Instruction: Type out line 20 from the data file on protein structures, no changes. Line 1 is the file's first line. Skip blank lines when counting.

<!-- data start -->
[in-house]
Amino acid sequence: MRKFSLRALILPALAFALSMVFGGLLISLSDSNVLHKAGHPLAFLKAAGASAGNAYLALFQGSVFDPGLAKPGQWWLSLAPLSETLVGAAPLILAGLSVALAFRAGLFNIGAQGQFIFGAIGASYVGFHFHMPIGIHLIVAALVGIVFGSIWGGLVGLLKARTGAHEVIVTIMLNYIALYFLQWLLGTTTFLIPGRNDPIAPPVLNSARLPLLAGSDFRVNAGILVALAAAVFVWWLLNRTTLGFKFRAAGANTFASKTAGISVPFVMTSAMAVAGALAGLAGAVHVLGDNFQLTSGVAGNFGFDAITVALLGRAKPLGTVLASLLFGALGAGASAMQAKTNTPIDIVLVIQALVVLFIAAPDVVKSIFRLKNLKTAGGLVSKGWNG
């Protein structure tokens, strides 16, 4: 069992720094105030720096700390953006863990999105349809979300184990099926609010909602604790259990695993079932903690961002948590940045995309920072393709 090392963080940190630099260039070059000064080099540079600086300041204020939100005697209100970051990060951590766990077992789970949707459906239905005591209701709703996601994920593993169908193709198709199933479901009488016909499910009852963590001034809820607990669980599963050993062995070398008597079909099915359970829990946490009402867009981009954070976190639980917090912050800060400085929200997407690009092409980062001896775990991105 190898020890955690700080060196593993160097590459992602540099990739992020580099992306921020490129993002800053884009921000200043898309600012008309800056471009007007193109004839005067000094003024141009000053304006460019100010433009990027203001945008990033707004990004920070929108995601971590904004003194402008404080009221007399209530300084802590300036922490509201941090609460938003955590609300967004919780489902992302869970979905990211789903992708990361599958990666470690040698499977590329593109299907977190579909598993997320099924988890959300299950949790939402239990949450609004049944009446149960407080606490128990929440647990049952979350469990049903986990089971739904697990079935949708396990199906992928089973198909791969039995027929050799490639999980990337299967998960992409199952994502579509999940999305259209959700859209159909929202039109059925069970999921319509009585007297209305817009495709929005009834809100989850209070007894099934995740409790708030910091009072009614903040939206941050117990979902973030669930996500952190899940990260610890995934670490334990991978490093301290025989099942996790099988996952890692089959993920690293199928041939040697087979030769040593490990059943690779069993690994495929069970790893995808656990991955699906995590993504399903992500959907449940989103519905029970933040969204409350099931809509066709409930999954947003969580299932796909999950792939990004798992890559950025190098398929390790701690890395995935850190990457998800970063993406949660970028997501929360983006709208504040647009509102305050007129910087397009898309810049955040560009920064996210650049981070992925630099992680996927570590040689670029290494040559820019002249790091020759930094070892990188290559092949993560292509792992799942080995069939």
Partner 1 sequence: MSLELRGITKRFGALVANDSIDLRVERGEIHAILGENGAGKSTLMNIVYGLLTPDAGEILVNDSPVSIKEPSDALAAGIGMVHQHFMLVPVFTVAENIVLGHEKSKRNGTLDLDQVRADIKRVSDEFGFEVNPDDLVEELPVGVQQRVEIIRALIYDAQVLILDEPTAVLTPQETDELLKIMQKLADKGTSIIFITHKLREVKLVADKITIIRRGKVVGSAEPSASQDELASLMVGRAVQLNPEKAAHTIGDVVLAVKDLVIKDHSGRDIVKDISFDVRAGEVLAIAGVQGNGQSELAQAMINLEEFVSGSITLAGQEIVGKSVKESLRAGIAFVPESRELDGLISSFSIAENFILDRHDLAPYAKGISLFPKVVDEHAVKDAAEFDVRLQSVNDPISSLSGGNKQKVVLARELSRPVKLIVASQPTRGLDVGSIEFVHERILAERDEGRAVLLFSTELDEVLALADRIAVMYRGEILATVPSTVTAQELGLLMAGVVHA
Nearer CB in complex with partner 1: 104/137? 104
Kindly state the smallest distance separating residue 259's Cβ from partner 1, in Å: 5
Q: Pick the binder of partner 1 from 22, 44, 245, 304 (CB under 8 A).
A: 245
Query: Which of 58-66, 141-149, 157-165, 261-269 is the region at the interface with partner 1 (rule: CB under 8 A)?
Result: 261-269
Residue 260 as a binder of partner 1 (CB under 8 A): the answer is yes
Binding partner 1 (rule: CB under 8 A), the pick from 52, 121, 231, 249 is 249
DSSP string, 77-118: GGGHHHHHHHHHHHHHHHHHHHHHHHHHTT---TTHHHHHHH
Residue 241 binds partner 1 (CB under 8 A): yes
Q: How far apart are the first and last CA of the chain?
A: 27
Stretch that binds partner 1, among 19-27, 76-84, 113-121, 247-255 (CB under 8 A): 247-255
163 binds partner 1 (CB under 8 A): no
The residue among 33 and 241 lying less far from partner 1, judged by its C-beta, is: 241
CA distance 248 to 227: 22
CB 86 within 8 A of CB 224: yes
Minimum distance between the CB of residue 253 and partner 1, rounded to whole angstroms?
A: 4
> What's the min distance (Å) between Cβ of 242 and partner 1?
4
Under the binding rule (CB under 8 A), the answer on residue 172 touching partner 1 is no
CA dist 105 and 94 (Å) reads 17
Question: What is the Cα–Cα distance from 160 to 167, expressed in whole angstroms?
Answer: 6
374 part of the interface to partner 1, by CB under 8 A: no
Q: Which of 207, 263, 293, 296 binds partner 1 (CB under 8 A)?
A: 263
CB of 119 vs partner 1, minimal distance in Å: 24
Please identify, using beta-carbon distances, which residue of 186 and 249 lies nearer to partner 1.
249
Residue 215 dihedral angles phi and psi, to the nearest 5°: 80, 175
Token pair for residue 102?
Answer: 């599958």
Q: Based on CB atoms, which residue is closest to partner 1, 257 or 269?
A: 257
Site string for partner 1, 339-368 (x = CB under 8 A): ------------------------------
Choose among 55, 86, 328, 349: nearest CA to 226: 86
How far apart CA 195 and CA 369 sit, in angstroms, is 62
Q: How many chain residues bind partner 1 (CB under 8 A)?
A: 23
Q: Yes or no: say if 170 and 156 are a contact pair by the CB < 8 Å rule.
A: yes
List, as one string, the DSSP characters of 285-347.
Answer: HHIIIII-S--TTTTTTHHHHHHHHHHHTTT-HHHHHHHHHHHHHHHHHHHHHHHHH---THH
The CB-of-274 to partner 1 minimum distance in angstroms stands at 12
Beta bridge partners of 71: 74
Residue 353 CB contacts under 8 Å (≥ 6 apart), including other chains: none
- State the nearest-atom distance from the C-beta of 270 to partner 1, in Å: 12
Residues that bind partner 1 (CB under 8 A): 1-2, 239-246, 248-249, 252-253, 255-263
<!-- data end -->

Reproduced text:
CA distance 248 to 227: 22